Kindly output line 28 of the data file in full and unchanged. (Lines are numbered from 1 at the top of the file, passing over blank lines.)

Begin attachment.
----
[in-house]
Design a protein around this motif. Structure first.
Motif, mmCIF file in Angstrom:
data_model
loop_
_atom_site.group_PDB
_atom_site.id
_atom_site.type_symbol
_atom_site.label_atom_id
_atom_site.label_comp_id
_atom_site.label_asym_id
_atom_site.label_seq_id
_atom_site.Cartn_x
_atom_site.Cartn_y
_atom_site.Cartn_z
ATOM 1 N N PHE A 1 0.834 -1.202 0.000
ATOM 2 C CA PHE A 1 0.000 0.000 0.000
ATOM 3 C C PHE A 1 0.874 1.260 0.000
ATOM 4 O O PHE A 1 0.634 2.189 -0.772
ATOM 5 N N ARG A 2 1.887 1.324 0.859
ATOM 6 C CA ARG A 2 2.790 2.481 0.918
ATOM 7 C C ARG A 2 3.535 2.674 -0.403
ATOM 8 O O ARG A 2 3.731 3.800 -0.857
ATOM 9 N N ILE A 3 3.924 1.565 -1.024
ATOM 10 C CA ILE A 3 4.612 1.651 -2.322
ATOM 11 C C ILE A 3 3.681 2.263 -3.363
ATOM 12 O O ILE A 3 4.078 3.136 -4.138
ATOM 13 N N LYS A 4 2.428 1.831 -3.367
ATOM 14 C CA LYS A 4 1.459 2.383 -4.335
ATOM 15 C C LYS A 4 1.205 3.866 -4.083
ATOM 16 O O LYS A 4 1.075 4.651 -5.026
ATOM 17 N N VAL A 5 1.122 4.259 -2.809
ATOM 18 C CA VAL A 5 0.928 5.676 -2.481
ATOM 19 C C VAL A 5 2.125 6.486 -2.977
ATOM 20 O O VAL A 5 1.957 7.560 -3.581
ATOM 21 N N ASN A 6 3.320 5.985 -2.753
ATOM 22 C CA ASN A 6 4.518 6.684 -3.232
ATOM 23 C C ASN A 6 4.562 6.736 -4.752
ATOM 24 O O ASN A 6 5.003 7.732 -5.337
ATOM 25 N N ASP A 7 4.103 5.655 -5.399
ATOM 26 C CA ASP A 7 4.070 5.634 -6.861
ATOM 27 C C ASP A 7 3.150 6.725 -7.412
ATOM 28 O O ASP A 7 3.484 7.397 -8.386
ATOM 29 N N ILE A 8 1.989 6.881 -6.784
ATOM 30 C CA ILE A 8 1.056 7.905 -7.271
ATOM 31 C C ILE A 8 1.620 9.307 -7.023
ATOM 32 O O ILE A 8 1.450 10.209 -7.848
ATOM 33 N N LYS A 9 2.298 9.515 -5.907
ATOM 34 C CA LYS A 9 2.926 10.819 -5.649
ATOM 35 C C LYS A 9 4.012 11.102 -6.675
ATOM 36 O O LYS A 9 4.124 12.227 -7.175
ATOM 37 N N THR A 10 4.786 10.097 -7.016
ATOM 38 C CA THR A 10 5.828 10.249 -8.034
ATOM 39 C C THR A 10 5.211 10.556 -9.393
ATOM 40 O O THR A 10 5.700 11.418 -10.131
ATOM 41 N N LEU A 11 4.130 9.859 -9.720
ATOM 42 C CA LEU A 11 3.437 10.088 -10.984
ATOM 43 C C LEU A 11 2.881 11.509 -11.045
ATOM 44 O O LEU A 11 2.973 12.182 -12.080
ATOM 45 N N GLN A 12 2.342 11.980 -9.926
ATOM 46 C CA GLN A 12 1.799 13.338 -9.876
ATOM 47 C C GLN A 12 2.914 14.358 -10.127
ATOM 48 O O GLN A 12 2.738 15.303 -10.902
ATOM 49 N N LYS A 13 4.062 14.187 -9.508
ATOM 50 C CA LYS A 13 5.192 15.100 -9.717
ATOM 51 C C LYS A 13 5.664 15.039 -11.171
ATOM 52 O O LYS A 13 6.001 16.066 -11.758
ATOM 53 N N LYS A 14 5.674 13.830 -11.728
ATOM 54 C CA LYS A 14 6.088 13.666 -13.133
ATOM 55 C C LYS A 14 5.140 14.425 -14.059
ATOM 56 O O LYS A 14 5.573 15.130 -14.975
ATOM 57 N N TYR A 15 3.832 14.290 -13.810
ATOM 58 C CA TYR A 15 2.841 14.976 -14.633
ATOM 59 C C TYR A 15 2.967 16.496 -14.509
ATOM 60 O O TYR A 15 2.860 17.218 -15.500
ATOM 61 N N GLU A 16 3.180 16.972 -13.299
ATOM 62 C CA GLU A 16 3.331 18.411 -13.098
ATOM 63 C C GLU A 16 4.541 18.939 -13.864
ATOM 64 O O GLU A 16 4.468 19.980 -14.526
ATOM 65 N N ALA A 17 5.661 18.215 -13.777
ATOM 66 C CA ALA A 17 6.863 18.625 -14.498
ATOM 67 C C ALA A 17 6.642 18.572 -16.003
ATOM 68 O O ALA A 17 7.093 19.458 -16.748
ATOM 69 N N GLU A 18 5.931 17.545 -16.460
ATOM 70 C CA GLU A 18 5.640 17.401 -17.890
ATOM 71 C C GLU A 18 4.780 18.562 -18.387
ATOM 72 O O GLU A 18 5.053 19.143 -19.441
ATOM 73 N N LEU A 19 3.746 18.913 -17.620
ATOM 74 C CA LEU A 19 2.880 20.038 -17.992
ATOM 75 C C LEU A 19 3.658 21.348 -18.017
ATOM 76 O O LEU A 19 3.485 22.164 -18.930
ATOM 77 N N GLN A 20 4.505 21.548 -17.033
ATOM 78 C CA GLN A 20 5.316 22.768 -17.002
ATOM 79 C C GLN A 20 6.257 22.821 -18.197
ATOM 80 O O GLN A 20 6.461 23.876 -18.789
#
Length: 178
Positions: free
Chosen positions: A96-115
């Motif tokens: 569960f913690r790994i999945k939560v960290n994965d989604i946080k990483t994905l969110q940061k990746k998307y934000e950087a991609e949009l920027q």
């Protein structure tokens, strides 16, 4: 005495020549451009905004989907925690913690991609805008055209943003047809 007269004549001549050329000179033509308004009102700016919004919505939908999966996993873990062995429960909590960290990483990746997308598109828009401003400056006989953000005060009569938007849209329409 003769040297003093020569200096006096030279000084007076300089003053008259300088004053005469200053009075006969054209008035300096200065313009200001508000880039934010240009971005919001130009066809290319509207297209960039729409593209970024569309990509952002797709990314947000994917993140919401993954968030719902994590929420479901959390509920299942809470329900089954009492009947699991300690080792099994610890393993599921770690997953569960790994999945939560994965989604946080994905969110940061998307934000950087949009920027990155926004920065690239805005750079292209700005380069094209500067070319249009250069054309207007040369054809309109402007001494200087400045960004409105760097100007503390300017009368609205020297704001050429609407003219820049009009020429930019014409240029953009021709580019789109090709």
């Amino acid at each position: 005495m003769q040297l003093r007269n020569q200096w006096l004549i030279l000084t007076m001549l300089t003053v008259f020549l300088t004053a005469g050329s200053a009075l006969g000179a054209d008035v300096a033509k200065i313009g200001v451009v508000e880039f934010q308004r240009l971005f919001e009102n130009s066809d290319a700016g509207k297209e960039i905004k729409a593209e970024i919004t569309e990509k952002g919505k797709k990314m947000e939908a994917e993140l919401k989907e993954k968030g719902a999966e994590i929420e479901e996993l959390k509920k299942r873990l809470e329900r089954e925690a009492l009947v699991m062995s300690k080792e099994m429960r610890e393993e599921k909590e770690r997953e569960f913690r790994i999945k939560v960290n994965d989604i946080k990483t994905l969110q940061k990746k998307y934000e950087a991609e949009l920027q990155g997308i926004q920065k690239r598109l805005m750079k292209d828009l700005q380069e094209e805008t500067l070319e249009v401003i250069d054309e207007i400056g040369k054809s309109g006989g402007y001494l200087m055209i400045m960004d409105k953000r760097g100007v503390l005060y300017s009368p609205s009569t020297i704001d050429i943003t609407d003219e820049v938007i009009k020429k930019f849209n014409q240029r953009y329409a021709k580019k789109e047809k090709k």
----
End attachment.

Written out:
ATOM 13 N N LYS A 4 2.428 1.831 -3.367